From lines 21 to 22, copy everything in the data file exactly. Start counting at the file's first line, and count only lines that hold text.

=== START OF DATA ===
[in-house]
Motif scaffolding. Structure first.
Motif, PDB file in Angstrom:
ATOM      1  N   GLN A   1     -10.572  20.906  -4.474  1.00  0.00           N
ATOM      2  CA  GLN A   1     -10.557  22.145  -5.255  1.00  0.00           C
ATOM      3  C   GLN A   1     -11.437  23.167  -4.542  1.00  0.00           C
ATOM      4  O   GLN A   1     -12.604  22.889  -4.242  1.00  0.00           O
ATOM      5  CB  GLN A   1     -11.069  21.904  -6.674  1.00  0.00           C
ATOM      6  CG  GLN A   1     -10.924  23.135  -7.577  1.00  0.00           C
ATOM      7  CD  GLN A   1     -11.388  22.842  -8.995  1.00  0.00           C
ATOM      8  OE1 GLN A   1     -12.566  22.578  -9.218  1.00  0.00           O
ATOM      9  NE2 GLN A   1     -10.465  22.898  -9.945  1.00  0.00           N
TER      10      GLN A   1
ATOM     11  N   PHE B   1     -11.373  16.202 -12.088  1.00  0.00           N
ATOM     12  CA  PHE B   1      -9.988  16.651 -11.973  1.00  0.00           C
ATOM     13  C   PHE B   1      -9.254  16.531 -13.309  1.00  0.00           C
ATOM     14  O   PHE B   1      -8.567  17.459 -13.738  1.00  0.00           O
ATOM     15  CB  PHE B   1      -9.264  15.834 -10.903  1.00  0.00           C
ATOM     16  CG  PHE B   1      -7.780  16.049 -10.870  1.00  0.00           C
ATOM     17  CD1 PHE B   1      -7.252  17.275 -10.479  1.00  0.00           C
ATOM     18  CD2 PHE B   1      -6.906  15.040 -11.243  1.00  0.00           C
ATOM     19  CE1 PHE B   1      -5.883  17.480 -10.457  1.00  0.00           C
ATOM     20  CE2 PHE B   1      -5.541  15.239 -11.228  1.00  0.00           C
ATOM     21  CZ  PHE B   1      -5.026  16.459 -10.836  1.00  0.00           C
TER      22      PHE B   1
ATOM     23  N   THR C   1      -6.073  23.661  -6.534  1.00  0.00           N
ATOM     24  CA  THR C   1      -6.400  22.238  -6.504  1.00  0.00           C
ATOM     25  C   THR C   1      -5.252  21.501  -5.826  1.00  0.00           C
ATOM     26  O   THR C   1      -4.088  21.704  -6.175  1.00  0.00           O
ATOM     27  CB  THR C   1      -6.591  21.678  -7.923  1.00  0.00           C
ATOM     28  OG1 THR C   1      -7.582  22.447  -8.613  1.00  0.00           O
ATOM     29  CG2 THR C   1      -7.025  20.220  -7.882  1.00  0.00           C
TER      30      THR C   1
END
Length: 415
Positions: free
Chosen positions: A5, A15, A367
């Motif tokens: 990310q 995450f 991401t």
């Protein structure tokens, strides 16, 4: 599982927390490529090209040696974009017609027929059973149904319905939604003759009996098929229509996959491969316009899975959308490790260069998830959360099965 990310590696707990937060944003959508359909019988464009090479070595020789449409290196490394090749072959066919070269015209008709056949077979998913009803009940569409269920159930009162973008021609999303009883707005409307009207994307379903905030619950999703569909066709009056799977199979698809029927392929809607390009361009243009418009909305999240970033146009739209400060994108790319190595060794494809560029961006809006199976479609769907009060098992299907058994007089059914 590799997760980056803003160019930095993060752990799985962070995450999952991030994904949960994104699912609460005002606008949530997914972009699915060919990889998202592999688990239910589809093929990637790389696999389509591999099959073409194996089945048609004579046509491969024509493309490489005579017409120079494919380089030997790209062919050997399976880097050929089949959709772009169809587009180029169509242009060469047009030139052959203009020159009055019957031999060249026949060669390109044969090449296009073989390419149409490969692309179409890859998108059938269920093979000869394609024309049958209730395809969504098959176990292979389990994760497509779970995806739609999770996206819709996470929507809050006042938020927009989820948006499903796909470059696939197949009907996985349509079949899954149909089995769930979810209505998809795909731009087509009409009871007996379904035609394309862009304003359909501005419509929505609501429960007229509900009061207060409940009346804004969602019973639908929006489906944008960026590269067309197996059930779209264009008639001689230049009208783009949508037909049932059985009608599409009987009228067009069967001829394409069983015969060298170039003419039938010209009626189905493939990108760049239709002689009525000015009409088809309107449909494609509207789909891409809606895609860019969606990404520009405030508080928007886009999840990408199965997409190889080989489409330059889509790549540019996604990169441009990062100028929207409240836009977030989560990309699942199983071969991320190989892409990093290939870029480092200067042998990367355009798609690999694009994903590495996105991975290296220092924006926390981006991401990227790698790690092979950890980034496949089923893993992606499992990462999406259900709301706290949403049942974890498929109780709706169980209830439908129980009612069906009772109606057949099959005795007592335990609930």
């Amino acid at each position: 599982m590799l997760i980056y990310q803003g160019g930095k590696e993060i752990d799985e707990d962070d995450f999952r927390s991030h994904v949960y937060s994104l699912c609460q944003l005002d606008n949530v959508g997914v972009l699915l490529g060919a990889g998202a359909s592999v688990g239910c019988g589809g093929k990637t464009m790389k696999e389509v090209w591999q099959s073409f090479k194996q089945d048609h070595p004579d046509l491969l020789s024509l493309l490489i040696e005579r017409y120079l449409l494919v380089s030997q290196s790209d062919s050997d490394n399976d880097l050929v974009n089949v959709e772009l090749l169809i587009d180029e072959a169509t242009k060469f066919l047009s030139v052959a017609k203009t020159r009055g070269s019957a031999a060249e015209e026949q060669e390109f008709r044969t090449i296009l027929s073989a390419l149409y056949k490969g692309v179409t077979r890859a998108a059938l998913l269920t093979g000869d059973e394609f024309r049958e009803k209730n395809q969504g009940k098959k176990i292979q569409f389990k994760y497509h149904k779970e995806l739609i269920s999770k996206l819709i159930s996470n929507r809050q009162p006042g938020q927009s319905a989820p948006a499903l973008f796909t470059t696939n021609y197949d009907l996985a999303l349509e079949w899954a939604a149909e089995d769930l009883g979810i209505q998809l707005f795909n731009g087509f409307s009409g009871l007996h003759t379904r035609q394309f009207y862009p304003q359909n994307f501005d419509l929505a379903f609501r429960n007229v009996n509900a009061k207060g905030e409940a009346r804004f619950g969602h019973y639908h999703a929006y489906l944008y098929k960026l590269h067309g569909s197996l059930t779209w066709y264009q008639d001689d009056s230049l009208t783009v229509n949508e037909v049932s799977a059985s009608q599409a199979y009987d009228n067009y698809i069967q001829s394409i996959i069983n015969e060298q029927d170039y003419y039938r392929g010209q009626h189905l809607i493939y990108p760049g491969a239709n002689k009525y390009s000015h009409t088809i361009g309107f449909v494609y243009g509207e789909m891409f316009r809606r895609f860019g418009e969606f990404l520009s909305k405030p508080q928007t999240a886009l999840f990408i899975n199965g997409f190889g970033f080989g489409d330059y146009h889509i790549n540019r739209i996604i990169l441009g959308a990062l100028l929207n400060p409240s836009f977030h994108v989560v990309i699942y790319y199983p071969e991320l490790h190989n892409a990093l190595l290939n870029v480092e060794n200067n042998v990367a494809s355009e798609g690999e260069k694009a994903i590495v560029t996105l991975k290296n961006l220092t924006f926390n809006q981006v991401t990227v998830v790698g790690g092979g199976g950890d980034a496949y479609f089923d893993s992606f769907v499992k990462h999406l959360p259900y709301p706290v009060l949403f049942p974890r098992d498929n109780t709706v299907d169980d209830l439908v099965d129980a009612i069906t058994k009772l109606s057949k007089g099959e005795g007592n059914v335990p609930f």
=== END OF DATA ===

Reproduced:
ATOM     18  CD2 PHE B   1      -6.906  15.040 -11.243  1.00  0.00           C
ATOM     19  CE1 PHE B   1      -5.883  17.480 -10.457  1.00  0.00           C